Crude oil prices are under pressure early Wednesday on expectations for a build-up in US crude inventories.
United States crude inventories fell by 4.6-million barrels last week, compared with analysts' expectations for an increase of 246,000 barrels, Energy Information Administration data showed on Wednesday.
ADP said employment surged up by 241,000 jobs in March after jumping by an upwardly revised 246,000 jobs in February.
"Supported by a 4.617 million barrel weekly crude oil draw across the US, a solid upturn in equities encouraged buyers in WTI", said Anthony Headrick, energy market analyst and commodity futures broker at CHS Hedging LLC in Inver Grove Heights, Minnesota.
The West Texas Intermediate for May delivery dropped 1.93 US dollars to settle at 63.01 dollars a barrel on the New York Mercantile Exchange, while Brent crude for June delivery lost 1.70 dollars to close at 67.64 dollars a barrel on the London ICE Futures Exchange.
Brent crude, the global oil benchmark, rose 0.6% to $69.74 a barrel on London's ICE Futures exchange.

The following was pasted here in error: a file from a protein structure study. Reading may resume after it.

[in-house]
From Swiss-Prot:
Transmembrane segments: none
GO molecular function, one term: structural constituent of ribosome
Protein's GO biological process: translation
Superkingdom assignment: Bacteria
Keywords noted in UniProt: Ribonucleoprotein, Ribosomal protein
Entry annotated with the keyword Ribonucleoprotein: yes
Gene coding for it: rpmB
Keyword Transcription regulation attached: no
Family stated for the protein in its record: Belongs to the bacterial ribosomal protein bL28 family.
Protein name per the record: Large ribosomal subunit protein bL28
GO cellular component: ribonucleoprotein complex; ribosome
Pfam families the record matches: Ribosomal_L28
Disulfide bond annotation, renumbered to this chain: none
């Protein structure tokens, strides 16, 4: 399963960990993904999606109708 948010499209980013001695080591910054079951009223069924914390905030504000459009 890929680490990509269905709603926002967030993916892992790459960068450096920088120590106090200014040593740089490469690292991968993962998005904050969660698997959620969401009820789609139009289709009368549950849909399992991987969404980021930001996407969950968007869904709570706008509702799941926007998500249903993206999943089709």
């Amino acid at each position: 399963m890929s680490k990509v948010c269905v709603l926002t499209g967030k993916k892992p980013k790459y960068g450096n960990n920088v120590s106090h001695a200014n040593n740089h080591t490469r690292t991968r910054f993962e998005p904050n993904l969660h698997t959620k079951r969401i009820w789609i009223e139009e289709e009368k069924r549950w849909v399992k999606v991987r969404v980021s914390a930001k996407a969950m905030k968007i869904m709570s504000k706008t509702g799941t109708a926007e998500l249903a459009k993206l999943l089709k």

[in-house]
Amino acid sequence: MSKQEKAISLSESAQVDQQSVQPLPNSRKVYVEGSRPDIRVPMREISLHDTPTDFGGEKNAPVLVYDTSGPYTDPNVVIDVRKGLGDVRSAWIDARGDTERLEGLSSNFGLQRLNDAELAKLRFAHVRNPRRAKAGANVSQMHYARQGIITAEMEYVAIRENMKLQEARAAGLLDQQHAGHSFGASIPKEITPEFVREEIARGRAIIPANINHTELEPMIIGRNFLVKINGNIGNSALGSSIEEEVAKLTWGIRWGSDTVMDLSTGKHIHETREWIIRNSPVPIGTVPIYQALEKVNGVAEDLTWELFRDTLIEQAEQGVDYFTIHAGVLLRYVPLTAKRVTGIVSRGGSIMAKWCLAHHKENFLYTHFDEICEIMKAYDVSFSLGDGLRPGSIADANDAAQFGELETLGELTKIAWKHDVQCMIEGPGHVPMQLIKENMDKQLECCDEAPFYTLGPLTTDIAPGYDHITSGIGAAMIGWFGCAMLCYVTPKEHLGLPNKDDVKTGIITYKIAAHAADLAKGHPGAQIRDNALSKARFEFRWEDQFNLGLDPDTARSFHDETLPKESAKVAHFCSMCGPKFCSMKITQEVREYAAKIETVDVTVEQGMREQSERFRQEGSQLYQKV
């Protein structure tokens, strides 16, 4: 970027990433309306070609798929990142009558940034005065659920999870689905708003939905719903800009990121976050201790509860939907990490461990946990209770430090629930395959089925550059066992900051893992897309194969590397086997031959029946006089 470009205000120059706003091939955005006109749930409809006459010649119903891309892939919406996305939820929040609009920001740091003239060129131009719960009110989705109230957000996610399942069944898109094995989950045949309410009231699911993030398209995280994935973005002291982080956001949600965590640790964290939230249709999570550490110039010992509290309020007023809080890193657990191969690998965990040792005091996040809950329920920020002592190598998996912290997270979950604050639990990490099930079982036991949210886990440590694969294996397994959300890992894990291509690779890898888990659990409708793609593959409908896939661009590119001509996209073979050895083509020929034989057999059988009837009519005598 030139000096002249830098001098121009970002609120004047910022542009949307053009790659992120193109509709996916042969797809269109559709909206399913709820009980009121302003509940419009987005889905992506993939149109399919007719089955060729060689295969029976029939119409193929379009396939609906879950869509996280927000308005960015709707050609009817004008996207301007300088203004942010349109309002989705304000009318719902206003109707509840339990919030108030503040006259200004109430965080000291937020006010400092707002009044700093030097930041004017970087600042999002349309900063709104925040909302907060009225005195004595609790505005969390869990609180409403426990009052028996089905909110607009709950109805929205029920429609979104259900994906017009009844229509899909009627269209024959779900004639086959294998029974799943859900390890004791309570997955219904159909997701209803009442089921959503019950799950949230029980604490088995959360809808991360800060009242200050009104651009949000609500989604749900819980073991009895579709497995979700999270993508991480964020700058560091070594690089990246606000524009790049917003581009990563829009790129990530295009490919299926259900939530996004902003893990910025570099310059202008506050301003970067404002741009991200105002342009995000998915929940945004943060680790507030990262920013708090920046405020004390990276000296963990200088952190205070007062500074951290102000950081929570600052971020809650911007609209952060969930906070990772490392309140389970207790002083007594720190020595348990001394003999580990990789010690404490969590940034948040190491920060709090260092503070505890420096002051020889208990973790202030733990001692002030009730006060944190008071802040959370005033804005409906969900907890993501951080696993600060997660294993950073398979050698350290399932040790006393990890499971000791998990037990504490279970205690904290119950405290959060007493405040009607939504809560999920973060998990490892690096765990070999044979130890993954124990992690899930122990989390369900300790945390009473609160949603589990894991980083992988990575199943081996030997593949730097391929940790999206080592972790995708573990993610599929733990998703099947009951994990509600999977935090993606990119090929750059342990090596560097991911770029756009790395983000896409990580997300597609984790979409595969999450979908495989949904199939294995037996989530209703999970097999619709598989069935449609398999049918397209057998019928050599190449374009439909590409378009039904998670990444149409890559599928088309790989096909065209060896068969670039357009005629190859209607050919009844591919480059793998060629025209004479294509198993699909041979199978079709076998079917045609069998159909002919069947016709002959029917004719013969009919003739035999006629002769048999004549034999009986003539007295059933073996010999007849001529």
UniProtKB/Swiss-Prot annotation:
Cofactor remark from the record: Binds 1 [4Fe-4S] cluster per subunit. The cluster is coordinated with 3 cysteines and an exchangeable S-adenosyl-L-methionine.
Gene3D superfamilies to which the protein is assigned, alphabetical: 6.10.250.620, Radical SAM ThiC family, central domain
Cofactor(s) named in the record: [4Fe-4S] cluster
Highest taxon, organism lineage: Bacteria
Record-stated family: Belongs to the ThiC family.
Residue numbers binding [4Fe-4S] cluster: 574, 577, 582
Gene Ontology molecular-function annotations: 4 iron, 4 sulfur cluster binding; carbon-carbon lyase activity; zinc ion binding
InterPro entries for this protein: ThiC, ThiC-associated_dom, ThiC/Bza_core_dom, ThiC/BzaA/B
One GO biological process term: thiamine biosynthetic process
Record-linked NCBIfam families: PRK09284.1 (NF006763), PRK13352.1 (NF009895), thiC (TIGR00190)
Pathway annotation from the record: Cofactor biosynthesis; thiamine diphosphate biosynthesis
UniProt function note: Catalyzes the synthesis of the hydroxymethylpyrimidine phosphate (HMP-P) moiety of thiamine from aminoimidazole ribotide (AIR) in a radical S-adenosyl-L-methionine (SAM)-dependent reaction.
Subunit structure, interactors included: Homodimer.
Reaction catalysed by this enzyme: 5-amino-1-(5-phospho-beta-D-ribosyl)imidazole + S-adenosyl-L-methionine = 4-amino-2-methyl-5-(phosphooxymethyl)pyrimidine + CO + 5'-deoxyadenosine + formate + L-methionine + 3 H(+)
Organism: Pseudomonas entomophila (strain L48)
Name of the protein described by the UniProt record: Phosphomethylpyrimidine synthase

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The stock has actually grown in the past week, as the company has gathered a 1.81% return in the past 5 trading days. Investors may be watching for the earnings expectations in coming days; how much it could deliver earnings ability.
OPEC and its allies are collectively curbing 1.8 million barrels per day of crude output to help eliminate a global oil glut. Traders were looking for a draw of 1.26 million barrels.
Global markets from equities to oil recovered after investor optimism grew that the US and China will step back from the brink of a trade war.
Prices last week rose to a recent high of $71 per barrel, before crashing by 4% early this week and staging a partial recovery on Wednesday.
The price of oil has been stuck between the rise in US shale and a deal from the Organization of the Petroleum Exporting Countries' and Russian Federation to curb production and end a global supply glut.
Oil prices have also been supported recently by OPEC's reduced production which has fallen to an 11-month low due to the production cut agreements and production problems in Libya and Venezuela.
The decline in prices was offset by a fall in USA production last week, which eased investor concern of a supply glut. Though Baker Hughes last Friday reported a lower rig count, which had a positive effect on prices, the fluctuations in the rig count don't have a lot to do with well productivity these days.